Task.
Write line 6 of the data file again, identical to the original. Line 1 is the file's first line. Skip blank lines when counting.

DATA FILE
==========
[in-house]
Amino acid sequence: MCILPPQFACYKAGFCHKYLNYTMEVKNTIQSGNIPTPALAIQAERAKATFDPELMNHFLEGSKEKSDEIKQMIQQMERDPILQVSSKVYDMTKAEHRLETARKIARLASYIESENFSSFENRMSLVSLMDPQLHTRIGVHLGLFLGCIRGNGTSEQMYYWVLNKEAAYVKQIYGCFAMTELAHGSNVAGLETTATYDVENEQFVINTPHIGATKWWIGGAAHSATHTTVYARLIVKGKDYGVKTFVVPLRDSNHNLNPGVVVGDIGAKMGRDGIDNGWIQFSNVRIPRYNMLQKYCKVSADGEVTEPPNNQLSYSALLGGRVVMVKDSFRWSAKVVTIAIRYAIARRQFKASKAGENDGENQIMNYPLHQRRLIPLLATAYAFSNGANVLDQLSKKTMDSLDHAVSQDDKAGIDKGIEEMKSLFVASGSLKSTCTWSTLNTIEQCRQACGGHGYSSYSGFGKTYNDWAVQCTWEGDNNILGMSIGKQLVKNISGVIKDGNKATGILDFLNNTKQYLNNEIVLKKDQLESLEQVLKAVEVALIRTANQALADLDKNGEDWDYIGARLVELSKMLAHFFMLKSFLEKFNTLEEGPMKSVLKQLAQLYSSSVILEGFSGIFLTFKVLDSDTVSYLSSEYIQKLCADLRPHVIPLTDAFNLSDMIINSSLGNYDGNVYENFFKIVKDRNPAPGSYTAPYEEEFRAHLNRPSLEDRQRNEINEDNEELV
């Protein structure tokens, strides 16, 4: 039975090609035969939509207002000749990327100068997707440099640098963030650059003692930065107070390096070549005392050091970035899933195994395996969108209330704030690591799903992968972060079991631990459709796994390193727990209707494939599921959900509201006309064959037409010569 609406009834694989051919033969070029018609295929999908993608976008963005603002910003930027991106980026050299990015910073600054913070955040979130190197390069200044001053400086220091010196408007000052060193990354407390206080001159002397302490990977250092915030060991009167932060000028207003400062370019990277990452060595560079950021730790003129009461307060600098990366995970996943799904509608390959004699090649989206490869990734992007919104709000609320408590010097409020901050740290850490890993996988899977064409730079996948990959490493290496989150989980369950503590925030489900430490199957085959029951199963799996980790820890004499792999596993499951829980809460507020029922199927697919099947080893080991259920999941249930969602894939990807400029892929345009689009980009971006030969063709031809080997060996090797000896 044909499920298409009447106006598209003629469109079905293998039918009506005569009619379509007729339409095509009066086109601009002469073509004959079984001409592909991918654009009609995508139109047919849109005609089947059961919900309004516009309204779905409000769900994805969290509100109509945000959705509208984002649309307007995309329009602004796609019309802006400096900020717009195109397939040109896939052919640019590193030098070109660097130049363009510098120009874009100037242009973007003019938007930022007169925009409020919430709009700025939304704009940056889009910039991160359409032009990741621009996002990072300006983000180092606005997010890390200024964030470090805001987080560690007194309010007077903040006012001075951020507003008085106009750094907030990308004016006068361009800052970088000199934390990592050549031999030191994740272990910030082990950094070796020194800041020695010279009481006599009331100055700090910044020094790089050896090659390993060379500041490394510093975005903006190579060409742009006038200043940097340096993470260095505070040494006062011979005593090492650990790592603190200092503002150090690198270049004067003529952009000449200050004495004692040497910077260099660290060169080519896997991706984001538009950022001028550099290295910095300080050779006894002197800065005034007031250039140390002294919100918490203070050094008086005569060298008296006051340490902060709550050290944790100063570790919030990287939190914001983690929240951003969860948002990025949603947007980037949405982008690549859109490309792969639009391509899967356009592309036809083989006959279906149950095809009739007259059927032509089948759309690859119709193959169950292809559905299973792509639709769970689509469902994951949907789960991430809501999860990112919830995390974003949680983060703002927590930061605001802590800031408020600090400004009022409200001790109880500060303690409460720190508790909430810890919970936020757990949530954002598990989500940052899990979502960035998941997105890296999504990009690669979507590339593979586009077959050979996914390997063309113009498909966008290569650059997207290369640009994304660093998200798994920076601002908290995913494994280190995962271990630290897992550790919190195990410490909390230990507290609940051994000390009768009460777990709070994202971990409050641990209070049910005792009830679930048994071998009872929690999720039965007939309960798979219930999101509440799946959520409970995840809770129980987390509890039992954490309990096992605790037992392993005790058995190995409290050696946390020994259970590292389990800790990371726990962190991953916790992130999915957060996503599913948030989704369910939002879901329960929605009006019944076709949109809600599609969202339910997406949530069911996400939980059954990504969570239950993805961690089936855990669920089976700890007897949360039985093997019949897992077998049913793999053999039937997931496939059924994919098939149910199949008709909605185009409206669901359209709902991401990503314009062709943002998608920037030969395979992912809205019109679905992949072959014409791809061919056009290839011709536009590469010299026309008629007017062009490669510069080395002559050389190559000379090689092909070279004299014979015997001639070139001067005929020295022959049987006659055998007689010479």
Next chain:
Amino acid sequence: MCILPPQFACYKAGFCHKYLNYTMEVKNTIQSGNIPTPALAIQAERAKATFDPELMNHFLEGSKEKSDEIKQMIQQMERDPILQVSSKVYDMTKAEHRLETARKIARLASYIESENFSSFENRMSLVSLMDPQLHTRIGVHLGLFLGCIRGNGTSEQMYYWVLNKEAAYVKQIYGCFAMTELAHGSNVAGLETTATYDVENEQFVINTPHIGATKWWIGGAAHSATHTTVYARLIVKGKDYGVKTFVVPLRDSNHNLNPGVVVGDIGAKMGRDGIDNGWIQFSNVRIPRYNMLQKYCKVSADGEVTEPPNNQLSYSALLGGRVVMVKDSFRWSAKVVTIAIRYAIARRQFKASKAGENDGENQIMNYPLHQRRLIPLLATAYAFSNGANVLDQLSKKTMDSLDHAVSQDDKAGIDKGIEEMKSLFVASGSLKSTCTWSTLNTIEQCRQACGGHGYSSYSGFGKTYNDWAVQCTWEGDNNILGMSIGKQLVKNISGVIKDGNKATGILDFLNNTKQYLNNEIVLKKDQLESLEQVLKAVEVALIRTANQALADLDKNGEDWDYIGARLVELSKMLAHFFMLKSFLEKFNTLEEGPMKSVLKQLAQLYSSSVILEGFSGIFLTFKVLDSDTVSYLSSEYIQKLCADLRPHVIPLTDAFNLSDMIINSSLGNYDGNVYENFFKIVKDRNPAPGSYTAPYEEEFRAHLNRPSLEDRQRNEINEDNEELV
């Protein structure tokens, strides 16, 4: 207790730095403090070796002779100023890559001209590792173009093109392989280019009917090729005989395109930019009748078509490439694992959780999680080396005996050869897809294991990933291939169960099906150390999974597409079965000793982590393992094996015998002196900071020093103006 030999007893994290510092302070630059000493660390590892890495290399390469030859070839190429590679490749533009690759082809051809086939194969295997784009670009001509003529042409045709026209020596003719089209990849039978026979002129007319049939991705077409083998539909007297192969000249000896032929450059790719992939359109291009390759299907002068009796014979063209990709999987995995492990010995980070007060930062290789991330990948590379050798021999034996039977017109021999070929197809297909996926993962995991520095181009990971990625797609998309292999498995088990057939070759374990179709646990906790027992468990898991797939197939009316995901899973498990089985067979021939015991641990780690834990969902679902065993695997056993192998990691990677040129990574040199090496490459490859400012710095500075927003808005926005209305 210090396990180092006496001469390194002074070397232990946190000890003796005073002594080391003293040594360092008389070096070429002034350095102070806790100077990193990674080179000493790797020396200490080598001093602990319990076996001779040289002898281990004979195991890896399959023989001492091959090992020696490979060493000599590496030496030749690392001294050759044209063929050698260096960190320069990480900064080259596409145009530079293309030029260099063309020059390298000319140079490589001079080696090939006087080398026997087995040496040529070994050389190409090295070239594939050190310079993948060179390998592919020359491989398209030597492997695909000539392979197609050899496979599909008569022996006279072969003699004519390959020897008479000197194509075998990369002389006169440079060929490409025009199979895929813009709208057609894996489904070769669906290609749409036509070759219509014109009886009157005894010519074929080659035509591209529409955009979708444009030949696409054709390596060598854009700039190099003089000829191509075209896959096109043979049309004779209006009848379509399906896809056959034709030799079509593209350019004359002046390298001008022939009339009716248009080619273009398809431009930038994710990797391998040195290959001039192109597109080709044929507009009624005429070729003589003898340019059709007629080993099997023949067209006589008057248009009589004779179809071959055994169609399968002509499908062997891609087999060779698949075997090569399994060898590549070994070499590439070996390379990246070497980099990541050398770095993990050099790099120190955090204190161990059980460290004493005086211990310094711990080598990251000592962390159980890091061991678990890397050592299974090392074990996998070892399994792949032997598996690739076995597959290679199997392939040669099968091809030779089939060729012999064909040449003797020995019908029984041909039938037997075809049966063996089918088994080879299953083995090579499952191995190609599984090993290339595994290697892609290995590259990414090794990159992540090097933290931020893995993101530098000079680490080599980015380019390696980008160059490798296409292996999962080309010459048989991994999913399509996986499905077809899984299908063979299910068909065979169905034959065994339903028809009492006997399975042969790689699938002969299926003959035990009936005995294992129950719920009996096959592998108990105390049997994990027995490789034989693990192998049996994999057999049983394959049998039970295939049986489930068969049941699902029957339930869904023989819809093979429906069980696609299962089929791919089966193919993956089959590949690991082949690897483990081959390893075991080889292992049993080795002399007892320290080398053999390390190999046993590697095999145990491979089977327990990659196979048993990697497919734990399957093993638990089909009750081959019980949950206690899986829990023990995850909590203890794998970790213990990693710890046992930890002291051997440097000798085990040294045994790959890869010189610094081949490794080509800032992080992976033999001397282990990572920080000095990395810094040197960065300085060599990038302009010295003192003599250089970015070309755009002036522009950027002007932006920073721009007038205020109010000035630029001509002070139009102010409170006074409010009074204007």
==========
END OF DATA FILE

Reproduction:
């Protein structure tokens, strides 16, 4: 207790730095403090070796002779100023890559001209590792173009093109392989280019009917090729005989395109930019009748078509490439694992959780999680080396005996050869897809294991990933291939169960099906150390999974597409079965000793982590393992094996015998002196900071020093103006 030999007893994290510092302070630059000493660390590892890495290399390469030859070839190429590679490749533009690759082809051809086939194969295997784009670009001509003529042409045709026209020596003719089209990849039978026979002129007319049939991705077409083998539909007297192969000249000896032929450059790719992939359109291009390759299907002068009796014979063209990709999987995995492990010995980070007060930062290789991330990948590379050798021999034996039977017109021999070929197809297909996926993962995991520095181009990971990625797609998309292999498995088990057939070759374990179709646990906790027992468990898991797939197939009316995901899973498990089985067979021939015991641990780690834990969902679902065993695997056993192998990691990677040129990574040199090496490459490859400012710095500075927003808005926005209305 210090396990180092006496001469390194002074070397232990946190000890003796005073002594080391003293040594360092008389070096070429002034350095102070806790100077990193990674080179000493790797020396200490080598001093602990319990076996001779040289002898281990004979195991890896399959023989001492091959090992020696490979060493000599590496030496030749690392001294050759044209063929050698260096960190320069990480900064080259596409145009530079293309030029260099063309020059390298000319140079490589001079080696090939006087080398026997087995040496040529070994050389190409090295070239594939050190310079993948060179390998592919020359491989398209030597492997695909000539392979197609050899496979599909008569022996006279072969003699004519390959020897008479000197194509075998990369002389006169440079060929490409025009199979895929813009709208057609894996489904070769669906290609749409036509070759219509014109009886009157005894010519074929080659035509591209529409955009979708444009030949696409054709390596060598854009700039190099003089000829191509075209896959096109043979049309004779209006009848379509399906896809056959034709030799079509593209350019004359002046390298001008022939009339009716248009080619273009398809431009930038994710990797391998040195290959001039192109597109080709044929507009009624005429070729003589003898340019059709007629080993099997023949067209006589008057248009009589004779179809071959055994169609399968002509499908062997891609087999060779698949075997090569399994060898590549070994070499590439070996390379990246070497980099990541050398770095993990050099790099120190955090204190161990059980460290004493005086211990310094711990080598990251000592962390159980890091061991678990890397050592299974090392074990996998070892399994792949032997598996690739076995597959290679199997392939040669099968091809030779089939060729012999064909040449003797020995019908029984041909039938037997075809049966063996089918088994080879299953083995090579499952191995190609599984090993290339595994290697892609290995590259990414090794990159992540090097933290931020893995993101530098000079680490080599980015380019390696980008160059490798296409292996999962080309010459048989991994999913399509996986499905077809899984299908063979299910068909065979169905034959065994339903028809009492006997399975042969790689699938002969299926003959035990009936005995294992129950719920009996096959592998108990105390049997994990027995490789034989693990192998049996994999057999049983394959049998039970295939049986489930068969049941699902029957339930869904023989819809093979429906069980696609299962089929791919089966193919993956089959590949690991082949690897483990081959390893075991080889292992049993080795002399007892320290080398053999390390190999046993590697095999145990491979089977327990990659196979048993990697497919734990399957093993638990089909009750081959019980949950206690899986829990023990995850909590203890794998970790213990990693710890046992930890002291051997440097000798085990040294045994790959890869010189610094081949490794080509800032992080992976033999001397282990990572920080000095990395810094040197960065300085060599990038302009010295003192003599250089970015070309755009002036522009950027002007932006920073721009007038205020109010000035630029001509002070139009102010409170006074409010009074204007």